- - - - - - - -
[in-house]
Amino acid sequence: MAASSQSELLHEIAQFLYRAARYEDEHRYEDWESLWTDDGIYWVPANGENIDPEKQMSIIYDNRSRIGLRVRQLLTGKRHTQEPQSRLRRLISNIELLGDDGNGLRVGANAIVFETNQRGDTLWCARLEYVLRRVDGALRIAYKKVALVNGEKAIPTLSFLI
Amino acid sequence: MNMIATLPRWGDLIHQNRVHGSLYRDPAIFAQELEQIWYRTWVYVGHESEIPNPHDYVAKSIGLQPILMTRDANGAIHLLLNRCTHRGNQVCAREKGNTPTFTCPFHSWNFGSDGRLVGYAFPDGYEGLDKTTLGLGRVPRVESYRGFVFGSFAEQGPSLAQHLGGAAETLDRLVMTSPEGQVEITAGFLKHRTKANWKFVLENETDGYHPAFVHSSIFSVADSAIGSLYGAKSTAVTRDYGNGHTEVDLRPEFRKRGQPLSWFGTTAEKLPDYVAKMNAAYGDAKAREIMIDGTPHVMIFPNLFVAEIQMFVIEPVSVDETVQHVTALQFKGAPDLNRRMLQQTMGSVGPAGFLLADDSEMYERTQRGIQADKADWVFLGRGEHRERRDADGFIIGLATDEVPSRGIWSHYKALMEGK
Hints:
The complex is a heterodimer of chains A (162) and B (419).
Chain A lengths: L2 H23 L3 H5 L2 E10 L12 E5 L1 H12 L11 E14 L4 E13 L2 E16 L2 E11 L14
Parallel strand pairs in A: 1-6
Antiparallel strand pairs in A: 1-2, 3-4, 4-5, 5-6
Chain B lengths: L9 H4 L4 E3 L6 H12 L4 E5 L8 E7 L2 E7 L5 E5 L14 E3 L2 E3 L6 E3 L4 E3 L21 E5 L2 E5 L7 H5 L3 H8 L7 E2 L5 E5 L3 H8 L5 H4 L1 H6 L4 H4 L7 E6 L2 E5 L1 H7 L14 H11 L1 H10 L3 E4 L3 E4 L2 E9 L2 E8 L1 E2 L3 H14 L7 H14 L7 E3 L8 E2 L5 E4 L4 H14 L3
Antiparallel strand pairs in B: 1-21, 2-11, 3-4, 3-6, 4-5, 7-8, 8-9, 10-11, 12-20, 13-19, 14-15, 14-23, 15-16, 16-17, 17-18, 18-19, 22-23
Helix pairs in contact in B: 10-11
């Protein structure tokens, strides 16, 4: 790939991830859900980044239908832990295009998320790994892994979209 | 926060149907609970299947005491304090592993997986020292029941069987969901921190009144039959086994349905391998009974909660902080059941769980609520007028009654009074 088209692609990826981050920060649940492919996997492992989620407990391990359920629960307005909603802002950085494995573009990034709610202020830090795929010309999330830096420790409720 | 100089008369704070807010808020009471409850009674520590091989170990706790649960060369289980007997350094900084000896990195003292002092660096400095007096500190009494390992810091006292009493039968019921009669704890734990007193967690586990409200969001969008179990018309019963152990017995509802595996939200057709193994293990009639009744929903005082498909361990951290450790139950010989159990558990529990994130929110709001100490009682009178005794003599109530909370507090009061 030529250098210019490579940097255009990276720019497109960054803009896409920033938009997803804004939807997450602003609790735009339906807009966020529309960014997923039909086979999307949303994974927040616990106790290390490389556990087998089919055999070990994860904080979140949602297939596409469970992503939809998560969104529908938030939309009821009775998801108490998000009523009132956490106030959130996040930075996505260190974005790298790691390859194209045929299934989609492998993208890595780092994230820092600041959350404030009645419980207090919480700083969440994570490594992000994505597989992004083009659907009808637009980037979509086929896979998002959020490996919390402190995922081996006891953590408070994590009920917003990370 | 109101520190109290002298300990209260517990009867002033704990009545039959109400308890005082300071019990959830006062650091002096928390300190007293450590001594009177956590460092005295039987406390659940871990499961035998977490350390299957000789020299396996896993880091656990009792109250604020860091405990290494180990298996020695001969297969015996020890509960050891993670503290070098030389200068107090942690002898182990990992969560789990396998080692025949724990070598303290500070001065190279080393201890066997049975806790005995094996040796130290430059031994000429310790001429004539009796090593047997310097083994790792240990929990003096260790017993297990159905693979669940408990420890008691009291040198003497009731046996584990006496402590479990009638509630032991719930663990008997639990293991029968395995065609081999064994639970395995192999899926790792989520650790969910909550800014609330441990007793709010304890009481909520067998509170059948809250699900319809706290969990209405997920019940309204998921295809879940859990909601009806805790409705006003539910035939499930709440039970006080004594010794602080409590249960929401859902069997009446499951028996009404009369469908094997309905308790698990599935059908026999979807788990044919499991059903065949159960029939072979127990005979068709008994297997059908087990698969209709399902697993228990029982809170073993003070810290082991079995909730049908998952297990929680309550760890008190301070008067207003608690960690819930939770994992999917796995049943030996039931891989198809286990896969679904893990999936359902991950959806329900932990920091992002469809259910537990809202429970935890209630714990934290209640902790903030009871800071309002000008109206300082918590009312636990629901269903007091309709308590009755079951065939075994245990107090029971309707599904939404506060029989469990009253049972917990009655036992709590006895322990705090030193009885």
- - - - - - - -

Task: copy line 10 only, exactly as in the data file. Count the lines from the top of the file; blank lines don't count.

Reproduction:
Antiparallel strand pairs in B: 1-21, 2-11, 3-4, 3-6, 4-5, 7-8, 8-9, 10-11, 12-20, 13-19, 14-15, 14-23, 15-16, 16-17, 17-18, 18-19, 22-23